Friday, October 9, 2015

Gremlins

I know, I know, it's the Halloween season, and here I am reviewing a Christmas movie. Gremlins (1984) might be part of my Holy Trinity of Christmas movies (in case you're wondering, the other two are Die Hard and A Christmas Story), but come on, it's about a horde of mean, ugly, nasty little monsters that create havoc and mischief through small-town America, and that warms my heart in October just as much as it does in December.

Gremlins has quite the pedigree. It's written by Chris Columbus, produced by Steven Spielberg, and directed by Joe Dante with music by Jerry Goldsmith, and it in part led to the creation of the PG-13 rating. It sets up the expected Spielberg whimsy and cuteness in its first half, and then Dante tears it all down with his trademark cynicism, dark humor and gleeful anarchy.

The first half of Gremlins is in E.T. territory as a cute little creature called a Mogwai is given as a Christmas gift by a traveling inventor to his son, and oh my God! Gizmo is the most adorable thing ever! Those wide eyes, his fluffy ears, his little feet kicking in the air when he falls in the garbage, and that cooing little singing voice (provided by Howie Mandel), how can anyone not love him? And when he's driving that little car at the end, it's awesome. I don't care what anyone says.

There are rules for keeping Mogwai. Keep them out of bright light, don't get them wet, and never feed them after midnight. Of course, any time a movie sets up rules like this you just know they're going to be broken, and once the latter two rules are violated, Gizmo spawns hundreds of green, vile, cackling, goblin-like monsters whose sole joy is complete destruction and murder, and they cut through the town of Kingston Falls like a hot knife through butter. When the gremlins are let loose, it's up to Billy (Zach Galligan), his girlfriend Kate (Phoebe Cates), and Gizmo to save the day.

Gremlins works so well because of the gremlins. Achieved through a combination of puppetry, animatronics, and some stop-motion animation, they are a memorable bunch, well designed and articulate enough to really showcase personality. Early on, Dante restricts views of them, suggesting them more than showing them, and that's good for building up some initial menace and mystery, but by the end, he has them out in the open, running through streets, attacking a department store Santa,  causing car crashes, playing poker at a bar, and watching Snow White in a movie theatre. It's all very silly, but it's hard to resist the movie's sly charm and humor.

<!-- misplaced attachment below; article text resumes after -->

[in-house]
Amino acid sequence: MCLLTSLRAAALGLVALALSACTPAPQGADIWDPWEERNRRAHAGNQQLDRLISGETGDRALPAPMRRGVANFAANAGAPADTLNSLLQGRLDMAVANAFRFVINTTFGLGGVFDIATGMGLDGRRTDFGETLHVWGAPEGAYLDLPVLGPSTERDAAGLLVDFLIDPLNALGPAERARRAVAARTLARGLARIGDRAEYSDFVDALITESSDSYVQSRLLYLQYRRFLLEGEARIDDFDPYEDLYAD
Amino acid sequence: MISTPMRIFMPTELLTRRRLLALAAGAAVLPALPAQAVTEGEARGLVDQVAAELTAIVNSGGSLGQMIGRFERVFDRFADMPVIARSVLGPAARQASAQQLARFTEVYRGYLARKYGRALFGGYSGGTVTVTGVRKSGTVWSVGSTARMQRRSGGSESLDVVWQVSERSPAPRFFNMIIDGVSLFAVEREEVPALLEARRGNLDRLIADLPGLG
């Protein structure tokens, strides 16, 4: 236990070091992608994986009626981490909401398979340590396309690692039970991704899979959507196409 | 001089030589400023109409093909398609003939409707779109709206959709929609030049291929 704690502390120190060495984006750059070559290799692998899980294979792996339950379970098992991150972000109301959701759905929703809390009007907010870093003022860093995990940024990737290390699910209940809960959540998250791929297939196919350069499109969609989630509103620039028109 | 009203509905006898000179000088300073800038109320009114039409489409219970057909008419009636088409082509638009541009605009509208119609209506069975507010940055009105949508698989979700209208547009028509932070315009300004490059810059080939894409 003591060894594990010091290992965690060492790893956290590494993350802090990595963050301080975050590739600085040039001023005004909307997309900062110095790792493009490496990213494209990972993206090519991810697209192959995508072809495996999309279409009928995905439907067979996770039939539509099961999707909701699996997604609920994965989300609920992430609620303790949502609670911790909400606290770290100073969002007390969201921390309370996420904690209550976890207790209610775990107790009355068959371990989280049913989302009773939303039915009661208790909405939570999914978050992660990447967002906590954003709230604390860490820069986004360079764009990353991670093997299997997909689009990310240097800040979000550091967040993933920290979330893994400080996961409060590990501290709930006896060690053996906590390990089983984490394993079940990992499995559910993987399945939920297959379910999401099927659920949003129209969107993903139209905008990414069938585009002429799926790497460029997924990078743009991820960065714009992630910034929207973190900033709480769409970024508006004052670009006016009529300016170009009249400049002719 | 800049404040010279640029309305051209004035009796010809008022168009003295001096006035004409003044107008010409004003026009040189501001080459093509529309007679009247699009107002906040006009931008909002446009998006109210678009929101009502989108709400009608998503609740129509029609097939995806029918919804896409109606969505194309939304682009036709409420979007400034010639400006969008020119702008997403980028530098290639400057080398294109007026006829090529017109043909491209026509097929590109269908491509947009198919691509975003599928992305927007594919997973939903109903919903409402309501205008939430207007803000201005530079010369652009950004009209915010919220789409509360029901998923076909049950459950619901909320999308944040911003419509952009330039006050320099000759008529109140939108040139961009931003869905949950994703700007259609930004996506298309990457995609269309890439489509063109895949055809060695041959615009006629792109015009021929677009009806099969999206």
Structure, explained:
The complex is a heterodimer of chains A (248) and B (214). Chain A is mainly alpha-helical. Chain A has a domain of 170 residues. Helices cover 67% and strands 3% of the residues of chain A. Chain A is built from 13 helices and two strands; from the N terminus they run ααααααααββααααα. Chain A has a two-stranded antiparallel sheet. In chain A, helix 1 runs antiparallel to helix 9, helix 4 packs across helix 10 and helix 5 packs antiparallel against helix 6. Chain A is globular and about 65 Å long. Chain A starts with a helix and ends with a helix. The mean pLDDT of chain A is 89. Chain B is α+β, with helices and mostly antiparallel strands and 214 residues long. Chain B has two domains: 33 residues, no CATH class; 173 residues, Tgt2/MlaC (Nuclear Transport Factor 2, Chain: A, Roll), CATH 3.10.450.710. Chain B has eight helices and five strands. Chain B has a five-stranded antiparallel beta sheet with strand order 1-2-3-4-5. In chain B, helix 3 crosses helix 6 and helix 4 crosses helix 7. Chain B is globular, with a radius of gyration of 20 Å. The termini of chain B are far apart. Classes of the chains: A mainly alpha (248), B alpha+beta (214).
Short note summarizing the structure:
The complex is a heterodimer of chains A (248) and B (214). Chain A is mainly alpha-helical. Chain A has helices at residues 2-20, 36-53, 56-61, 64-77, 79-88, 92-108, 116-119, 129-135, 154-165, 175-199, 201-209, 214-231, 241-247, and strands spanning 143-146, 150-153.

It also helps that for the most part, the gremlins go after people who kind of had it coming. The scariest parts of the movie are when Stripe, their leader, goes after Billy at the end and when the first batch goes after Billy's mother in the kitchen, but those two are fairly likable. It's hard not to appreciate it when they threaten the evil Mrs. Deagle, the town miser, first by dressing up as Christmas carolers and then by tinkering with her stair lift to send her flying out a second-story window.  The effect is practically a live-action cartoon.

That said, the gremlins do have some genuine menace, particularly their leader Stripe. They have a habit of jumping out from hiding places and attacking the poor humans, and when they attack, they injure and kill people (Billy gets cut up a few times). The kitchen scene is harrowing scene as Billy's mother fights desperately against a group of them, having to resort to shredding one in a blender, stabbing another repeatedly, and stuffing another in a microwave and causing him to explode in a gooey mess. The tensest scene in the climax in the darkened department store as Billy looks for Stripe, who gets a great, creepy appearance on a couple of TV screens, literally popping out of the darkness and later attacking Billy with a chainsaw.

I'm blinded by nostalgia, and I admit it. I've seen Gremlins too many times to not love it (though I do wonder, when is it ever not after midnight?). You might find Gizmo and the family scenes early on to be too schmaltzy, and you might find the gremlins gross and obnoxious. Me? I grew up on this, and I love it.

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